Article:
Finally, the domestic producers (or workers) have met the statutory 
criteria for industry support under section 732(c)(4)(A)(ii) of the Act 
because the domestic producers (or workers) who support the Petitions 
account for more than 50 percent of the production of the domestic like 
product produced by that portion of the industry expressing support 
for, or opposition to, the Petitions.\22\ Accordingly, the Department 
determines that the Petitions were filed on behalf of the domestic 
industry within the meaning of section 732(b)(1) of the Act.
---------------------------------------------------------------------------

    \19\ See PRC AD Initiation Checklist; India AD Initiation 
Checklist; Korea AD Initiation Checklist; Taiwan AD Initiation 
Checklist; and Vietnam AD Initiation Checklist, at Attachment II.
    \20\ See section 732(c)(4)(D) of the Act; see also PRC AD 
Initiation Checklist; India AD Initiation Checklist; Korea AD 
Initiation Checklist; Taiwan AD Initiation Checklist; and Vietnam AD 
Initiation Checklist, at Attachment II.
    \21\ See PRC AD Initiation Checklist; India AD Initiation 
Checklist; Korea AD Initiation Checklist; Taiwan AD Initiation 
Checklist; and Vietnam AD Initiation Checklist, at Attachment II.
    \22\ Id.
---------------------------------------------------------------------------

    The Department finds that the petitioners filed the Petitions on 
behalf of the domestic industry because they are interested parties as 
defined in section 771(9)(C) of the Act and they have demonstrated 
sufficient industry support with respect to the AD investigations that 
they are requesting that the Department initiate.\23\
---------------------------------------------------------------------------

    \23\ Id.
---------------------------------------------------------------------------

Allegations and Evidence of Material Injury and Causation

    The petitioners allege that the U.S. industry producing the 
domestic like product is being materially injured, or is threatened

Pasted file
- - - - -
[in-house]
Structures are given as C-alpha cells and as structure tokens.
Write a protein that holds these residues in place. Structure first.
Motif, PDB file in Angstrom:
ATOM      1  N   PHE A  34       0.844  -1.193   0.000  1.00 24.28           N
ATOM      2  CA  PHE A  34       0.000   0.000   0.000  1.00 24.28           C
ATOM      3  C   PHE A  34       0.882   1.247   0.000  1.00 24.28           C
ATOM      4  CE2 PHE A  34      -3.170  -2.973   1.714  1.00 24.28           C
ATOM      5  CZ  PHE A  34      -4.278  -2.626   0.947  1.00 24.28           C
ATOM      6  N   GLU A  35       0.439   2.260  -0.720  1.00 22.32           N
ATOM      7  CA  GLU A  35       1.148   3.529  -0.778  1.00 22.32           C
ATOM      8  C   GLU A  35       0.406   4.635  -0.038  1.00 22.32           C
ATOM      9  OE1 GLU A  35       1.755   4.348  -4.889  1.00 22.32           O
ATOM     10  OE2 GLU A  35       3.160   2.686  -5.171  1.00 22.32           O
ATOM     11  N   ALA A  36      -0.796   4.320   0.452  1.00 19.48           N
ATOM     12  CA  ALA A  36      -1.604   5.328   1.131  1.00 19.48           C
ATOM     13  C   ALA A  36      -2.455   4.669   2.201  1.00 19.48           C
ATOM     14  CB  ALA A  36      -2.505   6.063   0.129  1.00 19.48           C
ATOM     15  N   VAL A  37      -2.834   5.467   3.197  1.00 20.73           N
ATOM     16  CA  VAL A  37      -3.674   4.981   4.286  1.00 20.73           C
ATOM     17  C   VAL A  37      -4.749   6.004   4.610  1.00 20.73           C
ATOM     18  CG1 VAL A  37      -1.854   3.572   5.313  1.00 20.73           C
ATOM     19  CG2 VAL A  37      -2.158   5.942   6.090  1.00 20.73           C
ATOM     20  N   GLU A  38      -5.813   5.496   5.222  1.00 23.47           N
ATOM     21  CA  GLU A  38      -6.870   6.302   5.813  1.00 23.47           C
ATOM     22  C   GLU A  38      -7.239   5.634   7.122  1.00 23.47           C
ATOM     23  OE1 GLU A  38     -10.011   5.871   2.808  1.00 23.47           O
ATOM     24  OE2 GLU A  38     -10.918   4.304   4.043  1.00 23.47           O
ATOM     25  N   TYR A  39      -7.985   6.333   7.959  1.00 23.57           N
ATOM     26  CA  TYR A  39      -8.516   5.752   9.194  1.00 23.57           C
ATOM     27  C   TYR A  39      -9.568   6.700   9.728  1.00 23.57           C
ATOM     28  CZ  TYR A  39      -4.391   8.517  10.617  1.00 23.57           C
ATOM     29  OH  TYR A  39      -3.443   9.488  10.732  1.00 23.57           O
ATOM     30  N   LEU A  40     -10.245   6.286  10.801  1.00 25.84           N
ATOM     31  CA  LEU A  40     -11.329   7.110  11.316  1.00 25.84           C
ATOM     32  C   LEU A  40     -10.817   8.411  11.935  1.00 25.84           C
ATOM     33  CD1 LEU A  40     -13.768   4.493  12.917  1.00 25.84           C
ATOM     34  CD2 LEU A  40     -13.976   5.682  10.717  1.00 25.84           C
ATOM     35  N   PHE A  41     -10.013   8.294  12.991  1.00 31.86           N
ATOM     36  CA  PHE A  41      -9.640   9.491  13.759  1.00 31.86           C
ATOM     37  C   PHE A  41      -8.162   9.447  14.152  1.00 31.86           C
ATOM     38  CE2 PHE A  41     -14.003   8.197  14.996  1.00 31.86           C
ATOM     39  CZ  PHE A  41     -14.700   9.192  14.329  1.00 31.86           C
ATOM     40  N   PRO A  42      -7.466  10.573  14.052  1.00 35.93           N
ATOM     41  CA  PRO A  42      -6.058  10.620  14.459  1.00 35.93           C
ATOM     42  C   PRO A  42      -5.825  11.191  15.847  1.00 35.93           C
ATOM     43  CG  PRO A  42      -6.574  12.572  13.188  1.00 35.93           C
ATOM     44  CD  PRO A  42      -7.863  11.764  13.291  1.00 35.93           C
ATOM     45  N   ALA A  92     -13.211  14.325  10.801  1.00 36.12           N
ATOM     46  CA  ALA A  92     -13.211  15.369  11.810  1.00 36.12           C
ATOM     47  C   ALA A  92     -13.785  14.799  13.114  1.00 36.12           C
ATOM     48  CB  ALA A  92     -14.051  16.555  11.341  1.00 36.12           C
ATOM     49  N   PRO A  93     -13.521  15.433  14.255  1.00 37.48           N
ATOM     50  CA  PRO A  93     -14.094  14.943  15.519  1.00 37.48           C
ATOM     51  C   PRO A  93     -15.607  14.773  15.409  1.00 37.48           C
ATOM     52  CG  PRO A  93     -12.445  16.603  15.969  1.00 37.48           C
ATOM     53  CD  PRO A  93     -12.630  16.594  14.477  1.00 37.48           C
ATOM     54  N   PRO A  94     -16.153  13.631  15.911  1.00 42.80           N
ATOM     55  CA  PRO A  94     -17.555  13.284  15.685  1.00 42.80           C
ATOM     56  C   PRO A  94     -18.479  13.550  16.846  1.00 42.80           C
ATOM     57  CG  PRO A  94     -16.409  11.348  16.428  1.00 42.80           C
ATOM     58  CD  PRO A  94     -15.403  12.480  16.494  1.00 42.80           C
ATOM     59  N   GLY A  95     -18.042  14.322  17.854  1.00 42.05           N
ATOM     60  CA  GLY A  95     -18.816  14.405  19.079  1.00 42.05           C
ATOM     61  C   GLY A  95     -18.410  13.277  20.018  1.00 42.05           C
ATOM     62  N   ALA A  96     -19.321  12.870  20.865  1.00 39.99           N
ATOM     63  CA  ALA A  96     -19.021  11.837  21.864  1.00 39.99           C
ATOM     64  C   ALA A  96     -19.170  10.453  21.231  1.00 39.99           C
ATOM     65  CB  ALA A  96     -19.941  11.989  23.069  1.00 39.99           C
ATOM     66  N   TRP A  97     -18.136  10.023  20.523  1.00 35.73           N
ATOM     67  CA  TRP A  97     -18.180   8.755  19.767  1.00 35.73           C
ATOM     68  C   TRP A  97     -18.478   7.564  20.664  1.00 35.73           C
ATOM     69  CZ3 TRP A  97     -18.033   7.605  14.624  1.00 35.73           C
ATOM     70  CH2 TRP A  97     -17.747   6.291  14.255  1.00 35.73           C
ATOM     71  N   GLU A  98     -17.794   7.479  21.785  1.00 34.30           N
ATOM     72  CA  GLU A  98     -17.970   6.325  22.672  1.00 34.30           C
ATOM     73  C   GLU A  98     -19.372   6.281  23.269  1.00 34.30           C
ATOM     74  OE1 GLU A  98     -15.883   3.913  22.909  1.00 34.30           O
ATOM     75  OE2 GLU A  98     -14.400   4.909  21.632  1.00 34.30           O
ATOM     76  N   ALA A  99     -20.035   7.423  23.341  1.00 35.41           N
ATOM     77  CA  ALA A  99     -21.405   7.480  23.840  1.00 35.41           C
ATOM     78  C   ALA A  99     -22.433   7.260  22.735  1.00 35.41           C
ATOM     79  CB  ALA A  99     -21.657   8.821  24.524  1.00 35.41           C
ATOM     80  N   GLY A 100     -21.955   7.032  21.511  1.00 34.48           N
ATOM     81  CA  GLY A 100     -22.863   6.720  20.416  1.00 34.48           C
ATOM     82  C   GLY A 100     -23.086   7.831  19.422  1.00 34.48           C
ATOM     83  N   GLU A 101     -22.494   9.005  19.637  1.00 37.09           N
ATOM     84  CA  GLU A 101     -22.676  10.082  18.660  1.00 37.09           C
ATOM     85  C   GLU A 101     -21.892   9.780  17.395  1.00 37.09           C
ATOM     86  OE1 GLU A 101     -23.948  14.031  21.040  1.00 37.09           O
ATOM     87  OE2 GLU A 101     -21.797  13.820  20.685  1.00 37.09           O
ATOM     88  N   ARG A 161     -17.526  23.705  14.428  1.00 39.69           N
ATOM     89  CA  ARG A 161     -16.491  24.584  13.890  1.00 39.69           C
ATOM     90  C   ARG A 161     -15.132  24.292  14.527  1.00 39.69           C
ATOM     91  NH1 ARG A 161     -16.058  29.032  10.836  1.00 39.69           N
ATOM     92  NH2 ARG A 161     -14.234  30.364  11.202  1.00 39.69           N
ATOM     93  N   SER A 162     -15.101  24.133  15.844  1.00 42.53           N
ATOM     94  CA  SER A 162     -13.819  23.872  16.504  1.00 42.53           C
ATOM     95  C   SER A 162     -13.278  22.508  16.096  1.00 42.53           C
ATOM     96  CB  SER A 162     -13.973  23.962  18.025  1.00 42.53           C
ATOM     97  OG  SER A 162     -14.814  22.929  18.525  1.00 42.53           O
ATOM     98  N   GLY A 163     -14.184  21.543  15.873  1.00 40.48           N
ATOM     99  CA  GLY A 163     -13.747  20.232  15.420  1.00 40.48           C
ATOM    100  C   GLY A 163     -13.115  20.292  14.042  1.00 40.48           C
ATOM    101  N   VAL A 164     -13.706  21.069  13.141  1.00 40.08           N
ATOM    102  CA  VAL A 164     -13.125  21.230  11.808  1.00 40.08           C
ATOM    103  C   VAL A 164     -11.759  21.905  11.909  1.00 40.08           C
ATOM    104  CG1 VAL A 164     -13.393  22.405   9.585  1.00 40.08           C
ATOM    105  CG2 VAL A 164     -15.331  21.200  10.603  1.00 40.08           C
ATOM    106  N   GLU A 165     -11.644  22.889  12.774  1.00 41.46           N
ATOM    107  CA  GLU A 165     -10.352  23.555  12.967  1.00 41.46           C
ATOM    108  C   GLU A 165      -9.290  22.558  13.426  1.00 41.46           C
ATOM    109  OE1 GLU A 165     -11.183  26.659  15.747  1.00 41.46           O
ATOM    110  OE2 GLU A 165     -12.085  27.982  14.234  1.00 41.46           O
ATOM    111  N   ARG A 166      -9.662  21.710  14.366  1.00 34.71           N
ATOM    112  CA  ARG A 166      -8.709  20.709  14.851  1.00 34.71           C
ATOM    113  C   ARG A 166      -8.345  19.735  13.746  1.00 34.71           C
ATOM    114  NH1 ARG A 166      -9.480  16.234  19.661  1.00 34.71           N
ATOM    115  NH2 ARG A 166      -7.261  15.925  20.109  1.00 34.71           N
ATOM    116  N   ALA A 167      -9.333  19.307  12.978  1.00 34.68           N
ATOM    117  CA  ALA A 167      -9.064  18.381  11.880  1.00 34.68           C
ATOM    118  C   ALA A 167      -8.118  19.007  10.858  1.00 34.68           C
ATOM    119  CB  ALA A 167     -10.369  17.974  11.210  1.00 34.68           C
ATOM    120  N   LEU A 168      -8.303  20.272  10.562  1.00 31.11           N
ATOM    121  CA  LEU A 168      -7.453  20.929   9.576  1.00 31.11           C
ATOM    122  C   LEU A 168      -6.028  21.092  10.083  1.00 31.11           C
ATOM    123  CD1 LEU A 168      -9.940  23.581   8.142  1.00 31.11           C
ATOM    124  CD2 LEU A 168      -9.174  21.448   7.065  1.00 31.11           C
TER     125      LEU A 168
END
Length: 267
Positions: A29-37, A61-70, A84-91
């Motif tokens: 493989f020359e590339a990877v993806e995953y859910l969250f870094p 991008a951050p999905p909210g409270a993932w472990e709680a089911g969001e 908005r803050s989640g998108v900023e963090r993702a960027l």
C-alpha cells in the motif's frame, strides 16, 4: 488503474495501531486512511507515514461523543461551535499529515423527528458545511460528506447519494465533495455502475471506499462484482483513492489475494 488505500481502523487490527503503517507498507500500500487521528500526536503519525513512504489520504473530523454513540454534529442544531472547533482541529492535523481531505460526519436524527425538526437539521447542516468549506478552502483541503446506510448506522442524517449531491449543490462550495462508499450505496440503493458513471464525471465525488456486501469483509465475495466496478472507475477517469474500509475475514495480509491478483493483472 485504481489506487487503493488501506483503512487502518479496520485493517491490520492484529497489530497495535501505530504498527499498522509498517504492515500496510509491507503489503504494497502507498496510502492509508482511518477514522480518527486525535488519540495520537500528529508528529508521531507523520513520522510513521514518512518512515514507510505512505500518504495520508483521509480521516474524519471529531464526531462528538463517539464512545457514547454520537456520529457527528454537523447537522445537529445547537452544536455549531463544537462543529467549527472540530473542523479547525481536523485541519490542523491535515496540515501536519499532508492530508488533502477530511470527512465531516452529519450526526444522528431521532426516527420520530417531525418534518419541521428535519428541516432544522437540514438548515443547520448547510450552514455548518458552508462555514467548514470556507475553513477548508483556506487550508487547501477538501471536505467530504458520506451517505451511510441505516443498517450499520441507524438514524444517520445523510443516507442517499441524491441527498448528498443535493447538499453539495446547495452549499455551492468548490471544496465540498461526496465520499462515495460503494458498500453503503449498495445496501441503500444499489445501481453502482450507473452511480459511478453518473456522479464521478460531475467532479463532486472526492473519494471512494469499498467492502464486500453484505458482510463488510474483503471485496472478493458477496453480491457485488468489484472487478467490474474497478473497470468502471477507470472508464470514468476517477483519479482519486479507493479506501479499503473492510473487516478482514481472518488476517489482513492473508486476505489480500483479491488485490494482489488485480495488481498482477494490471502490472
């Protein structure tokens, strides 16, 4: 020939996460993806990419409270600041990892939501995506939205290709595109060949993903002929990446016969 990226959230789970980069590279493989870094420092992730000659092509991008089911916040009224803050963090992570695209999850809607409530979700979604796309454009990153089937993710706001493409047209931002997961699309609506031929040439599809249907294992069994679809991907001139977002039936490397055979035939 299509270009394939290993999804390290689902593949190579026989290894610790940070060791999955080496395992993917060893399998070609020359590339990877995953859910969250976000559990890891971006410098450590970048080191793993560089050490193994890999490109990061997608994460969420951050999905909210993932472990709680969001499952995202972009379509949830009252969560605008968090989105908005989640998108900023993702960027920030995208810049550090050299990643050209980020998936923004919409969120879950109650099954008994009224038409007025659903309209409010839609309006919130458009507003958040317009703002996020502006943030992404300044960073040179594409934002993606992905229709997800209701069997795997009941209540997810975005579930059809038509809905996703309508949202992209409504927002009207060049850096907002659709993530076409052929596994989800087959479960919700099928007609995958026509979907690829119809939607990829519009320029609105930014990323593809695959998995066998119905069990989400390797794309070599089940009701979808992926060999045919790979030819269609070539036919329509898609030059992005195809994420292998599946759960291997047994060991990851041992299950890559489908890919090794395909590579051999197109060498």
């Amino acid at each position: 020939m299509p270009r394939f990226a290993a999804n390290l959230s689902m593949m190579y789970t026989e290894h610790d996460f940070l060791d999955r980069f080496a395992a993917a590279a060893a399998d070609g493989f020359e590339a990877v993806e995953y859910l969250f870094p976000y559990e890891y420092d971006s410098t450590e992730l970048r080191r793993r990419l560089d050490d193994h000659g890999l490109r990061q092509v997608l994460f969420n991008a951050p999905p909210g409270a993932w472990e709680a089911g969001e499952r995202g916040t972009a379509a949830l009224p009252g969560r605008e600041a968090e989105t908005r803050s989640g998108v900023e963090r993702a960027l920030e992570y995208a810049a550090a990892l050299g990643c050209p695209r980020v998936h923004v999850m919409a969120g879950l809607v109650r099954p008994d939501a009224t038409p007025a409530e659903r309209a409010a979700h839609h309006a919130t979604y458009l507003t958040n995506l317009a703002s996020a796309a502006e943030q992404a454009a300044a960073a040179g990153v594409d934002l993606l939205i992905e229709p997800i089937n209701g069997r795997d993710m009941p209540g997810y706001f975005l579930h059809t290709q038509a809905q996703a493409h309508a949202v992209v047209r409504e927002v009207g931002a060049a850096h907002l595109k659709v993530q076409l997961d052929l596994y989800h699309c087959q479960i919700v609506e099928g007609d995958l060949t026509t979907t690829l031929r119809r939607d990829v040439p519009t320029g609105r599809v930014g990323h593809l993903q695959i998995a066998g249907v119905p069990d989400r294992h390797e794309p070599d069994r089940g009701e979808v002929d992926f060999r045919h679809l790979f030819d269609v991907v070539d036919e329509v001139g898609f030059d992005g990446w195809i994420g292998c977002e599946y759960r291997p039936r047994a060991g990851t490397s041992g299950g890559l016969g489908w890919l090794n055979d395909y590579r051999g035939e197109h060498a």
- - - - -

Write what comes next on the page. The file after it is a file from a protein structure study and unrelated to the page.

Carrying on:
with material injury, by reason of the imports of the subject 
merchandise sold at less than normal value (NV). In addition, the 
petitioners allege that subject imports exceed the negligibility 
threshold provided for under section 771(24)(A) of the Act.\24\
---------------------------------------------------------------------------

    \24\ See Volume I of the Petitions, at 14-15 and Exhibit I-7.
---------------------------------------------------------------------------

    The petitioners contend that the industry's injured condition is 
illustrated by reduced market share; underselling and price suppression 
or depression; lost sales and revenues; decreased production, capacity 
utilization, and U.S. shipments; and declines in financial 
performance.\25\ We have assessed the allegations and supporting 
evidence regarding material injury, threat of material injury, and 
causation, and we have determined that these allegations are properly 
supported by adequate evidence, and meet the statutory requirements for 
initiation.\26\
---------------------------------------------------------------------------

    \25\ See Volume I of the Petitions, at 14-31 and Exhibits I-5, 
I-8, I-9, and I-10.
    \26\ See PRC AD Initiation Checklist, at Attachment III, 
Analysis of Allegations and Evidence of Material Injury and 
Causation for the Antidumping and Countervailing Duty Petitions 
Covering Fine Denier Polyester Staple Fiber from the People's 
Republic of China, India, the Republic of Korea, Taiwan, and the 
Socialist Republic of Vietnam (Attachment III); India AD Initiation 
Checklist, at Attachment III; Korea AD Initiation Checklist, at 
Attachment III; Taiwan AD Initiation Checklist, at Attachment III; 
and Vietnam AD Initiation Checklist, at Attachment III.
---------------------------------------------------------------------------

Allegations of Sales at Less Than Fair Value

    The following is a description of the allegations of sales at less 
than fair value upon which the Department based its decision to 
initiate AD investigations of imports of fine denier PSF from the PRC, 
India, Korea, Taiwan and Vietnam. The sources of data for the 
deductions and adjustments relating to U.S. price and NV are discussed 
in greater detail in the country-specific initiation checklists.

Export Price

    For the PRC, India, Korea, Taiwan, and Vietnam, the petitioners 
based the U.S. price on export price (EP) using average unit values 
(AUVs) of publicly available import data.\27\ For the PRC and Taiwan, 
the petitioners also based the U.S. price on EP using price quotes for 
sales of fine denier PSF produced in, and exported from, the subject 
county and offered for sale in the United States.\28\ Where applicable, 
the petitioners made deductions from U.S. price for movement and other 
expenses, consistent with the terms of sale.\29\
---------------------------------------------------------------------------

    \27\ See PRC AD Initiation Checklist; India AD Initiation 
Checklist; Korea AD Initiation Checklist; Taiwan AD Initiation